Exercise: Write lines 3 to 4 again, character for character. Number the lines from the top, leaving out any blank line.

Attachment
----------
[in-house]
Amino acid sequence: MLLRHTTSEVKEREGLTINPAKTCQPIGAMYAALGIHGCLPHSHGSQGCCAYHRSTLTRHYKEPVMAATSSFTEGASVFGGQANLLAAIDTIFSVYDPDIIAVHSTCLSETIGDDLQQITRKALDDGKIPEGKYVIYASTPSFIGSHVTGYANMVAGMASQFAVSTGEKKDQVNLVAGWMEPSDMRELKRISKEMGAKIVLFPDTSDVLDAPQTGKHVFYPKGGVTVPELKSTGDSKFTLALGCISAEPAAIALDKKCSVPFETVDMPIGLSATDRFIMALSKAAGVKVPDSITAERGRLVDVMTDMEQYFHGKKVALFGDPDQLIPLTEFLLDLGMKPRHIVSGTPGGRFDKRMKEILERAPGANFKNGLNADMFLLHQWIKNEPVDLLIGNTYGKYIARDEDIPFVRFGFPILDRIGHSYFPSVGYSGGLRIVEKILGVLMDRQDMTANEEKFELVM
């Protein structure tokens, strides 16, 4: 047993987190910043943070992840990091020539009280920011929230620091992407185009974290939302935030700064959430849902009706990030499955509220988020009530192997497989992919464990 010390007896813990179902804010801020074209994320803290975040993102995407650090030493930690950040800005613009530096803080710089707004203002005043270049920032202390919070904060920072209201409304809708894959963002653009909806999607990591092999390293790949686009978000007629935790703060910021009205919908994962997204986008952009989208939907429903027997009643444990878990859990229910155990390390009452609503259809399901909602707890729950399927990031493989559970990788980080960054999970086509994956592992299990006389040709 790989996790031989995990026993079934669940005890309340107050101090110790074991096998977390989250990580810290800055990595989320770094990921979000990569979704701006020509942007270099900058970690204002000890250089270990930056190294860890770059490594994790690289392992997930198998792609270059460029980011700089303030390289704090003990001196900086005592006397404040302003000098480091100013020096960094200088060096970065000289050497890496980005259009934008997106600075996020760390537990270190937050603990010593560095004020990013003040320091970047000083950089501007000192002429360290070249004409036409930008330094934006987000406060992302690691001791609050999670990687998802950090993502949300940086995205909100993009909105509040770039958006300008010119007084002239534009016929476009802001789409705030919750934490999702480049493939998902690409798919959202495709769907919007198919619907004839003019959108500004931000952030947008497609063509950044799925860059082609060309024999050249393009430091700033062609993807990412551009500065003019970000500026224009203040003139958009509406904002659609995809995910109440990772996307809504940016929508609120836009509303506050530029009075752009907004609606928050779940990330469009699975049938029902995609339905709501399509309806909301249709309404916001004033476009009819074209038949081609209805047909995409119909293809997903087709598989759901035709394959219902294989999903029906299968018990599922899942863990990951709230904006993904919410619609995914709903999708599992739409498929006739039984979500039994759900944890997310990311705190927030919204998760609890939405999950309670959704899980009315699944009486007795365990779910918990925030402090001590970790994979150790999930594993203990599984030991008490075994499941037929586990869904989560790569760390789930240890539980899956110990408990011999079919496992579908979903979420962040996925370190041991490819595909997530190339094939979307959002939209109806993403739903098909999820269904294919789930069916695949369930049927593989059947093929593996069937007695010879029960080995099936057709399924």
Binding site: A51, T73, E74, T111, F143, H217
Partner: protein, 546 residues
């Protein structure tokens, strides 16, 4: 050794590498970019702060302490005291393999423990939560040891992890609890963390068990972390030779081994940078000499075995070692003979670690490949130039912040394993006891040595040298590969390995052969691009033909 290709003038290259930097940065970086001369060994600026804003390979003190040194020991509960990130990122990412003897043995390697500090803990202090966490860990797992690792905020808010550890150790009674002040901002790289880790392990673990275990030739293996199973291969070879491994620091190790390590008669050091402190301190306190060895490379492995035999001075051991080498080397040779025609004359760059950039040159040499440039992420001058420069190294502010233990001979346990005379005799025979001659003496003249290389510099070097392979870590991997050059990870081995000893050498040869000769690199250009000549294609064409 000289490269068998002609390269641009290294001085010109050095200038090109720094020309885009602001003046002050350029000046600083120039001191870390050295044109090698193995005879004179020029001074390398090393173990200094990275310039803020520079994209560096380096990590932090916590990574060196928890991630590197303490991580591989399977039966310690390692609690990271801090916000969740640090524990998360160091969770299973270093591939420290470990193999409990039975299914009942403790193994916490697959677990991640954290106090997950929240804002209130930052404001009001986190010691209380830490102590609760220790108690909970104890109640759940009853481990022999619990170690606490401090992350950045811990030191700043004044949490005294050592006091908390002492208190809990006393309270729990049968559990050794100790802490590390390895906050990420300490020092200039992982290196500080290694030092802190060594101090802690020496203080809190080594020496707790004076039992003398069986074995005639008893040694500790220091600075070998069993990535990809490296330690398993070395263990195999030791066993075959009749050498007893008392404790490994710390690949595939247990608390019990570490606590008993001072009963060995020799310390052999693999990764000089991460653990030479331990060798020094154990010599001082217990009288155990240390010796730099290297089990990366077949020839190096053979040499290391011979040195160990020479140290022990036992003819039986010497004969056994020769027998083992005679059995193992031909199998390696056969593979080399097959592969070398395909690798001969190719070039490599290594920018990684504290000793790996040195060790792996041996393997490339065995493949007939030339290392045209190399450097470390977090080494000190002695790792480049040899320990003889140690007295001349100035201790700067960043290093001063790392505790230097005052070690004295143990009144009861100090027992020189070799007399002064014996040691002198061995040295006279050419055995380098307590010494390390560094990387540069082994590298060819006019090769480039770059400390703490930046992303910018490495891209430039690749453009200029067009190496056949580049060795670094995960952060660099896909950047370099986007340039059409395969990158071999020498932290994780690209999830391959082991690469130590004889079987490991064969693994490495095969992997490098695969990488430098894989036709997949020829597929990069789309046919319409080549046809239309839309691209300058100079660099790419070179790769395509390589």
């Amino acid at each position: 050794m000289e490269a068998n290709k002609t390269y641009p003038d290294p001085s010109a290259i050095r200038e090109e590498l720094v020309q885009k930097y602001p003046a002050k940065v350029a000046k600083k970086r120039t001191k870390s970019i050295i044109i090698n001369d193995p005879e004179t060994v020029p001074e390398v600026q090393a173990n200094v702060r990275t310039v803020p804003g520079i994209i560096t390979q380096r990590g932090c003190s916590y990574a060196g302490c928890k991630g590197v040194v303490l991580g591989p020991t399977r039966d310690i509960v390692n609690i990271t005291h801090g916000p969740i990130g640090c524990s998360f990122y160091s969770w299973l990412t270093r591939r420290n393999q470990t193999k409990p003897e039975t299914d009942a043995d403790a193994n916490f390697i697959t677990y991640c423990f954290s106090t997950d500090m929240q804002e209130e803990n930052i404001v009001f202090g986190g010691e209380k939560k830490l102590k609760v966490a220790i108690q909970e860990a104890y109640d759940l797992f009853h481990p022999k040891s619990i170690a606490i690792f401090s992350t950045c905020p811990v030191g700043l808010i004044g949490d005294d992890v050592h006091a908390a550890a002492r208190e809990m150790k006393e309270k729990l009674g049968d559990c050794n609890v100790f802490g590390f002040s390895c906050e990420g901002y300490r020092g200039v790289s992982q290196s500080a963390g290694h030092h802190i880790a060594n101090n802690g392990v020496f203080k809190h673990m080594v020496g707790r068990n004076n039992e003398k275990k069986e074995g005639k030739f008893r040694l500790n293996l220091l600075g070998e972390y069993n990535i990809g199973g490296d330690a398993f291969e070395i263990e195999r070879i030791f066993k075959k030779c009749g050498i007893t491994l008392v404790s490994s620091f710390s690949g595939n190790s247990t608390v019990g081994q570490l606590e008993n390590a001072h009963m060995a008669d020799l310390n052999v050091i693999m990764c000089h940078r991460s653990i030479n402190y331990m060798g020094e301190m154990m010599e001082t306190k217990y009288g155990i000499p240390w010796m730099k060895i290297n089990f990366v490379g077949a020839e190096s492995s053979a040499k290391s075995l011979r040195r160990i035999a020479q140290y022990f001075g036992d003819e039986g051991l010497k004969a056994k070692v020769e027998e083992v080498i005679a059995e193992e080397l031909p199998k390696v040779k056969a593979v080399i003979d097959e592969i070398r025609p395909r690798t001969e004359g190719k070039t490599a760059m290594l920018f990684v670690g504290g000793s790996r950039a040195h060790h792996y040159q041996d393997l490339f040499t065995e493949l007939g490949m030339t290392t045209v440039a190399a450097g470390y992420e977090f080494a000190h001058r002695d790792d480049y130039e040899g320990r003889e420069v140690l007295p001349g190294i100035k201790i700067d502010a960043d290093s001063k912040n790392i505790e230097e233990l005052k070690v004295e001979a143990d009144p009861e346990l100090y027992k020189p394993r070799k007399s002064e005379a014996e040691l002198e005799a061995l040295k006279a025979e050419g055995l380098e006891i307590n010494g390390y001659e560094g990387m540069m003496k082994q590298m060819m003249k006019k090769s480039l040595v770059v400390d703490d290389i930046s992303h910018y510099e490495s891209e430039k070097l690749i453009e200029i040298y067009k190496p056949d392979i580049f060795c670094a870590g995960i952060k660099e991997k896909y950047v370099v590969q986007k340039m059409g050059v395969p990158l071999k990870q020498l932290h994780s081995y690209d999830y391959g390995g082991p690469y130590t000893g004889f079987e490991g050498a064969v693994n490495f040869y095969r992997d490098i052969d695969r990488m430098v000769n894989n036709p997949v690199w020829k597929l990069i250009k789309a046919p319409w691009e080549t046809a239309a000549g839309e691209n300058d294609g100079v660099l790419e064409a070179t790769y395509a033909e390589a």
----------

């Protein structure tokens, strides 16, 4: 047993987190910043943070992840990091020539009280920011929230620091992407185009974290939302935030700064959430849902009706990030499955509220988020009530192997497989992919464990 010390007896813990179902804010801020074209994320803290975040993102995407650090030493930690950040800005613009530096803080710089707004203002005043270049920032202390919070904060920072209201409304809708894959963002653009909806999607990591092999390293790949686009978000007629935790703060910021009205919908994962997204986008952009989208939907429903027997009643444990878990859990229910155990390390009452609503259809399901909602707890729950399927990031493989559970990788980080960054999970086509994956592992299990006389040709 790989996790031989995990026993079934669940005890309340107050101090110790074991096998977390989250990580810290800055990595989320770094990921979000990569979704701006020509942007270099900058970690204002000890250089270990930056190294860890770059490594994790690289392992997930198998792609270059460029980011700089303030390289704090003990001196900086005592006397404040302003000098480091100013020096960094200088060096970065000289050497890496980005259009934008997106600075996020760390537990270190937050603990010593560095004020990013003040320091970047000083950089501007000192002429360290070249004409036409930008330094934006987000406060992302690691001791609050999670990687998802950090993502949300940086995205909100993009909105509040770039958006300008010119007084002239534009016929476009802001789409705030919750934490999702480049493939998902690409798919959202495709769907919007198919619907004839003019959108500004931000952030947008497609063509950044799925860059082609060309024999050249393009430091700033062609993807990412551009500065003019970000500026224009203040003139958009509406904002659609995809995910109440990772996307809504940016929508609120836009509303506050530029009075752009907004609606928050779940990330469009699975049938029902995609339905709501399509309806909301249709309404916001004033476009009819074209038949081609209805047909995409119909293809997903087709598989759901035709394959219902294989999903029906299968018990599922899942863990990951709230904006993904919410619609995914709903999708599992739409498929006739039984979500039994759900944890997310990311705190927030919204998760609890939405999950309670959704899980009315699944009486007795365990779910918990925030402090001590970790994979150790999930594993203990599984030991008490075994499941037929586990869904989560790569760390789930240890539980899956110990408990011999079919496992579908979903979420962040996925370190041991490819595909997530190339094939979307959002939209109806993403739903098909999820269904294919789930069916695949369930049927593989059947093929593996069937007695010879029960080995099936057709399924």
Binding site: A51, T73, E74, T111, F143, H217